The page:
Every month, Farmer Tom, from Peterborough, Cambridgeshire, will be filling us on what’s taking place on his busy livestock (cows and sheep) and arable (crops like wheat, that make our bread) farm.
“With the busyness of harvest now behind us, our minds as farmers turn to next year’s crop. At this time of year one of the jobs is to spread manure on the ground. The manure (or ‘muck’ – it’s a mixture of straw and poo) comes from the cattle yards after the cattle spent the winter housed in the warm, and protected from the worst of the weather. We clean the yards after they’ve gone out to pasture in the spring, and put the manure in a heap on the farm to rot down a little bit, much like a gardener might do – it’s a type of compost really. After harvest, with the fields clear of crops, and before we plant the seeds for next year, we spread the manure on the ground.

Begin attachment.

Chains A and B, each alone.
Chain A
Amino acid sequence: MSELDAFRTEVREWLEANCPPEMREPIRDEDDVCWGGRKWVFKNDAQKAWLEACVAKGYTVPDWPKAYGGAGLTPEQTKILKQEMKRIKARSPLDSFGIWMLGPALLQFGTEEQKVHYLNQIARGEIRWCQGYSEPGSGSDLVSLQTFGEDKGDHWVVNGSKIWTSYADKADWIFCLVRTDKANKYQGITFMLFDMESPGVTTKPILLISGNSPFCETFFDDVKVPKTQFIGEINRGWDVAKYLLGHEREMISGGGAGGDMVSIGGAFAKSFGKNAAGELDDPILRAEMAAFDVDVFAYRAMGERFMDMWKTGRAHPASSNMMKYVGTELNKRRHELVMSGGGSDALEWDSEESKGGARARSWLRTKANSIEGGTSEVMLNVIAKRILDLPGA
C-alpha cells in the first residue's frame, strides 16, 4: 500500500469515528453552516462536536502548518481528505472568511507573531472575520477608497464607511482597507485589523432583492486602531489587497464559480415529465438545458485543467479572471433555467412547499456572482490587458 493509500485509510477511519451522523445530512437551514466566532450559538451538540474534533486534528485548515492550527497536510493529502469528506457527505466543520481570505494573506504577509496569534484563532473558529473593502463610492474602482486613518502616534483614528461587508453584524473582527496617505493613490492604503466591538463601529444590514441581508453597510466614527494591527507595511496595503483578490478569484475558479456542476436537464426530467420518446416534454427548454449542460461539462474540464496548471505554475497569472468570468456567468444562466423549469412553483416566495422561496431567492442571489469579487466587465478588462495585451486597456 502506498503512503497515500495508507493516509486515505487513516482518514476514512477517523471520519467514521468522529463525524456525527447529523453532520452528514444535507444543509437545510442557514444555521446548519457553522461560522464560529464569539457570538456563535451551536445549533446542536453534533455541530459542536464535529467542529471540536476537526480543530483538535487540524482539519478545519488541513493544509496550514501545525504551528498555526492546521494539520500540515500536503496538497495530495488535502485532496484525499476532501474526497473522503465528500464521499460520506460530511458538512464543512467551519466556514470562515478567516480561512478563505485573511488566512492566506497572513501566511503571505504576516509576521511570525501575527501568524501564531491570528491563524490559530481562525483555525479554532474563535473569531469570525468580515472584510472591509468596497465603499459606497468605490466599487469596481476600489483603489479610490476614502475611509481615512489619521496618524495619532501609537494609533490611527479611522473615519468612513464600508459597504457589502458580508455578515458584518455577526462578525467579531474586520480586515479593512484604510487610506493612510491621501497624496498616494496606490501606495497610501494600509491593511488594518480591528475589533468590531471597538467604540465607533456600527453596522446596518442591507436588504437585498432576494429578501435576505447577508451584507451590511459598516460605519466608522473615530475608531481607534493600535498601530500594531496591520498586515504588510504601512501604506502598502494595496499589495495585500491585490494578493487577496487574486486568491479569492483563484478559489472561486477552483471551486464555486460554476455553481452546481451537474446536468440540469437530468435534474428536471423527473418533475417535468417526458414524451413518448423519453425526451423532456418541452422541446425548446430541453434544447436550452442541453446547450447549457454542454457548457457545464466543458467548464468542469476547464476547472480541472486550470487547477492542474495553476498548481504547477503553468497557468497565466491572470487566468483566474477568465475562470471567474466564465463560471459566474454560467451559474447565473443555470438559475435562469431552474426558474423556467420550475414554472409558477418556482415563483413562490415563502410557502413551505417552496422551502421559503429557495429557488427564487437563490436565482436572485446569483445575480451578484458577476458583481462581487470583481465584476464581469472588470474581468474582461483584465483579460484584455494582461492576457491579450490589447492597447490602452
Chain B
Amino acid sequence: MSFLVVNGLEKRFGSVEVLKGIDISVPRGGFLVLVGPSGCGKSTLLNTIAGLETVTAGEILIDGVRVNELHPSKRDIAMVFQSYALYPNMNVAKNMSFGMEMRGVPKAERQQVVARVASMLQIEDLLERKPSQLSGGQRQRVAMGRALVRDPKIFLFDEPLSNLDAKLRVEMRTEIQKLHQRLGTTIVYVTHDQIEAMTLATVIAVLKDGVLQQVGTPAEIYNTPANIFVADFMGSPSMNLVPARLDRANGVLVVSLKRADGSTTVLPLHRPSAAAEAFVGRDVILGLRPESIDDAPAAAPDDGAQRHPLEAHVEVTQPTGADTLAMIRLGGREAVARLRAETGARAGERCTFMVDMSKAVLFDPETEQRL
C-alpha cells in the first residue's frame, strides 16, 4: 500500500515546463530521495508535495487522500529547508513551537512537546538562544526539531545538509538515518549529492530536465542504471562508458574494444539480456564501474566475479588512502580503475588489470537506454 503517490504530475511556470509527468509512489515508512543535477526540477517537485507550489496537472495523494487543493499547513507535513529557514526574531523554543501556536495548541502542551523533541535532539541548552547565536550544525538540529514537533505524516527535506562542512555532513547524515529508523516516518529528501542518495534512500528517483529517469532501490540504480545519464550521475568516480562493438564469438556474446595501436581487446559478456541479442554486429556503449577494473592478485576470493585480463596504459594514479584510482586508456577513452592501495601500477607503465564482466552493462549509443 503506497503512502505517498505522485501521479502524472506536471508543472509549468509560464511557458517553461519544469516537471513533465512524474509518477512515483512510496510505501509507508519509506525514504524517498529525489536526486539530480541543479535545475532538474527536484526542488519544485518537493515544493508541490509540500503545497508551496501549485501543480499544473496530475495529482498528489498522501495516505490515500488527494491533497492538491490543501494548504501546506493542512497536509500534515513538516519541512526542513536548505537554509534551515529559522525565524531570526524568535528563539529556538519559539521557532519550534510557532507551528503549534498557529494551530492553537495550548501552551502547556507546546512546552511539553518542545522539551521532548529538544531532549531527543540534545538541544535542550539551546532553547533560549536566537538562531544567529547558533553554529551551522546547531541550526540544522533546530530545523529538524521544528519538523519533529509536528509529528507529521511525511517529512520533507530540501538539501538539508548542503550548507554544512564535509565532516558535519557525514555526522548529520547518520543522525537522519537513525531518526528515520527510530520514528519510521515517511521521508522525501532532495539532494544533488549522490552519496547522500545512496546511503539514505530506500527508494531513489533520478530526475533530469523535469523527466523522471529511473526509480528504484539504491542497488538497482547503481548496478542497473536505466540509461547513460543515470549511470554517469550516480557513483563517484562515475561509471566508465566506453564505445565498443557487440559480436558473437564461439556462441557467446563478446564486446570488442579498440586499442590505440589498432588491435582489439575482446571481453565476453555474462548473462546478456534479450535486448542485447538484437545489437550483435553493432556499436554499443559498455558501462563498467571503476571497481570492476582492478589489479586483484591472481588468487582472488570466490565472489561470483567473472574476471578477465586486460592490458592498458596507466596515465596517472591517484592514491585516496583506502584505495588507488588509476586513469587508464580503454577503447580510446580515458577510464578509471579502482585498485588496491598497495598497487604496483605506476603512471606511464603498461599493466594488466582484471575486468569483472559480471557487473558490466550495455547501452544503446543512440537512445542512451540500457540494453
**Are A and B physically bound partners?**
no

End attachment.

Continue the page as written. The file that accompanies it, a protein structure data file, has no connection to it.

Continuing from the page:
“The manure is packed full of nutrients that the plants need to grow, and also contains lots of healthy bacteria and fungi which is important for soil biology; it’s basically super health food for the soil and plants. The seeds that we plants later in the autumn, will grow up to become plants, and those plants will be able to use the nutrients from the manure to help them grow healthy and strong. Nature is full of cycles like this!”